The Heisman High School Scholarship program said it honors the nation’s most accomplished, community-minded high school senior athletes. By inviting students from schools across the country to share their stories of leadership and impact, the program aims to inspire all students to harness their potential, push their limits and use their talents not only to advance their own futures, but to improve the communities and world around them.

Although school-level winners do not receive scholarships, earning the distinction is an honor and recognition of a student’s unique achievements.

Congratulations to Nina on being recognized as an exceptional high school student!
 

January Regents Review Schedule

Regents review schedule, click here.

Getting a Competitive Edge on College Applications

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Locust Valley High School seniors are being exposed to diverse colleges and universities through college fairs and individual college visits. Through the fairs, students may speak with representatives from many colleges in one day, asking them questions about campus life, admissions and more, while also making personal connections with the representatives. Individual college visits offer the students a more in-depth look at one particular school. Both scenarios assist college-bound students in determining what type of schools they want to consider, and provide them with inside information about the college, which would then give them valuable insight into whether or not that college would be a good fit.

Assistant principal Michelle Villa said the counselors work to bring as many experiences to the school as possible, to give juniors and seniors the greatest advantage in not only choosing the right schools for them, but also to give them exposure to the representatives who can give them tips on applying and on succeeding once enrolled. Recently, during a small group visit with a representative from Georgetown University, six seniors learned that the school looks at the rigor of a high school student’s courses. Admissions officer John Rob said grades are important, but they prefer students who challenged themselves with the most rigorous courses offered at their high school. He added that while SAT subject tests are not required, candidates who have taken three subject tests are preferred.

Ms. Villa said hearing this information directly from a college representative helps students understand exactly what they need to do to put themselves in the best position to be considered for admission to the schools to which they wish to apply. “In a small group setting, college bound students can ask specific questions about how to stand out in that particular college’s application process,” Ms. Villa said. “They hear very detailed information on what each school prioritizes when reading those applications.”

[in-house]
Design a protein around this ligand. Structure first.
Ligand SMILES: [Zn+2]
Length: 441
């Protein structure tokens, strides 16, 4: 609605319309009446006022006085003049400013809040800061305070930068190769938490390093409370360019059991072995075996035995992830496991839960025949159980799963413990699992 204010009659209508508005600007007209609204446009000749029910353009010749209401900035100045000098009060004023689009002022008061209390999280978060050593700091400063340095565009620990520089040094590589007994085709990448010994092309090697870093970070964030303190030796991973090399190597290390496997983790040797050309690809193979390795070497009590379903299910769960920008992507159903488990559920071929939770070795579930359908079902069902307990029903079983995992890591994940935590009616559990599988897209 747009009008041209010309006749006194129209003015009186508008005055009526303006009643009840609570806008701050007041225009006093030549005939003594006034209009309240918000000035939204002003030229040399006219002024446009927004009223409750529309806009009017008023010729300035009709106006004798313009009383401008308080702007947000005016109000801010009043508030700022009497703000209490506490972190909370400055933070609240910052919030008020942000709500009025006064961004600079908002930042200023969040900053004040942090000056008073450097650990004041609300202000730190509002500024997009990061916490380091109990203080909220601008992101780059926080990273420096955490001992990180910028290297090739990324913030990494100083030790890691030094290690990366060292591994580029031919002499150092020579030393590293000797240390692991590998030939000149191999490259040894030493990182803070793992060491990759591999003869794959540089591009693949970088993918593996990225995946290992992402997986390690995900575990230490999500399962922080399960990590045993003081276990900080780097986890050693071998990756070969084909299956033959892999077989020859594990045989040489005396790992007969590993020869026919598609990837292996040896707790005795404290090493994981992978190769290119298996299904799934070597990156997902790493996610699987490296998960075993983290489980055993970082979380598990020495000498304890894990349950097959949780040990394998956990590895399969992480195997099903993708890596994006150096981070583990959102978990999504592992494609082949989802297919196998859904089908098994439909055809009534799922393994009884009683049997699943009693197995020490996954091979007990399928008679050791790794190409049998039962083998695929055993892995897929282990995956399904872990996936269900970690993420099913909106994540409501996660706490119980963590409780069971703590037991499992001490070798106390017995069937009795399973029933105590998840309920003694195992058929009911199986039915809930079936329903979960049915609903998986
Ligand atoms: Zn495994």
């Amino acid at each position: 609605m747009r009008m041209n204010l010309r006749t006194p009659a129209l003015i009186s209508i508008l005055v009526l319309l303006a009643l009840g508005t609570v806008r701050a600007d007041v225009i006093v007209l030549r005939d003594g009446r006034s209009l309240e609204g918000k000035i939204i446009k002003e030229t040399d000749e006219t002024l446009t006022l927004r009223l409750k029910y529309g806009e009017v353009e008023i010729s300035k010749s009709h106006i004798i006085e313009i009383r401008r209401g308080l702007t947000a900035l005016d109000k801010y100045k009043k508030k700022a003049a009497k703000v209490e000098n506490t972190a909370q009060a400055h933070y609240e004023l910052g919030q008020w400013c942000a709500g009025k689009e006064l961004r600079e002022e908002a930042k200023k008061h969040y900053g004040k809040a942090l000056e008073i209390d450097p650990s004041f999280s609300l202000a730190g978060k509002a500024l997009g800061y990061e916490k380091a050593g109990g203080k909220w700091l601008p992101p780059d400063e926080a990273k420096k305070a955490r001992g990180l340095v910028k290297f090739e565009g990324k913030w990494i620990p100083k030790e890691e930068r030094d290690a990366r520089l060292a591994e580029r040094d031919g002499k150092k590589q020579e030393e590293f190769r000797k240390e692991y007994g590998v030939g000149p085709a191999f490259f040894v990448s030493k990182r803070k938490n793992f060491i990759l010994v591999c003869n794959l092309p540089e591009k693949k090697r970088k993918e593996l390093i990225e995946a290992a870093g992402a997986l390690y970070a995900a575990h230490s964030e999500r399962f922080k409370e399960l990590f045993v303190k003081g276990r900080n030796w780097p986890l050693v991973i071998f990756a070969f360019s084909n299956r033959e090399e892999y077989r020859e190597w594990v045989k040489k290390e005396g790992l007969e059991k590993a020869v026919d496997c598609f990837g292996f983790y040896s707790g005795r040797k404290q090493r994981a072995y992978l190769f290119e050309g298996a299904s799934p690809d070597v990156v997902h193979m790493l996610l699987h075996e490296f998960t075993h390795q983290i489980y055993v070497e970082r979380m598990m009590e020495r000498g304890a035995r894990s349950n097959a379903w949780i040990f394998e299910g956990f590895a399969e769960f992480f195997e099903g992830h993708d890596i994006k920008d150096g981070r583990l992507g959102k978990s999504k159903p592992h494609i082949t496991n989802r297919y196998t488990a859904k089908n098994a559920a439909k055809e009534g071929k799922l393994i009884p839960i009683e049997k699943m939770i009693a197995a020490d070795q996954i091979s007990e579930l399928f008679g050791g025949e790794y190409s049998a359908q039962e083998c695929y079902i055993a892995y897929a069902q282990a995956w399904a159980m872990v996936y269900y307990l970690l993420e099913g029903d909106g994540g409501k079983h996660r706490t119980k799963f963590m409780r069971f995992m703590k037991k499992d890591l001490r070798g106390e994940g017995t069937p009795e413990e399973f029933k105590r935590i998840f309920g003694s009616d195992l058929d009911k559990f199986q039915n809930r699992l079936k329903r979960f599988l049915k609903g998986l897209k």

Washington University in St. Louis admissions representative Kendall Marie Spina told a small group of seniors this fall that they want to know what kind of impact a student has made during his or her high school career. She also offered information about the specific academic programs offered as well as social life and financial aid. 

Ms. Spina said that applications received by Dec. 15 would get the most attention for both early decision and regular decision applicants. Students also learned in this information session that the university considers students’ supplemental essay responses when granting scholarships and also pays attention to how much interest a student has shown in the school prior to applying. Ms. Spina also shared valuable information about the school’s Greek life, intramural sports and other campus life activities.

Ms. Villa said she believes these visits not only help students prepare a more competitive application, but also helps them determine if a school is really the right place for them. “Our goal is not only to help our seniors get into college, but to help them choose the right school for them,” she said.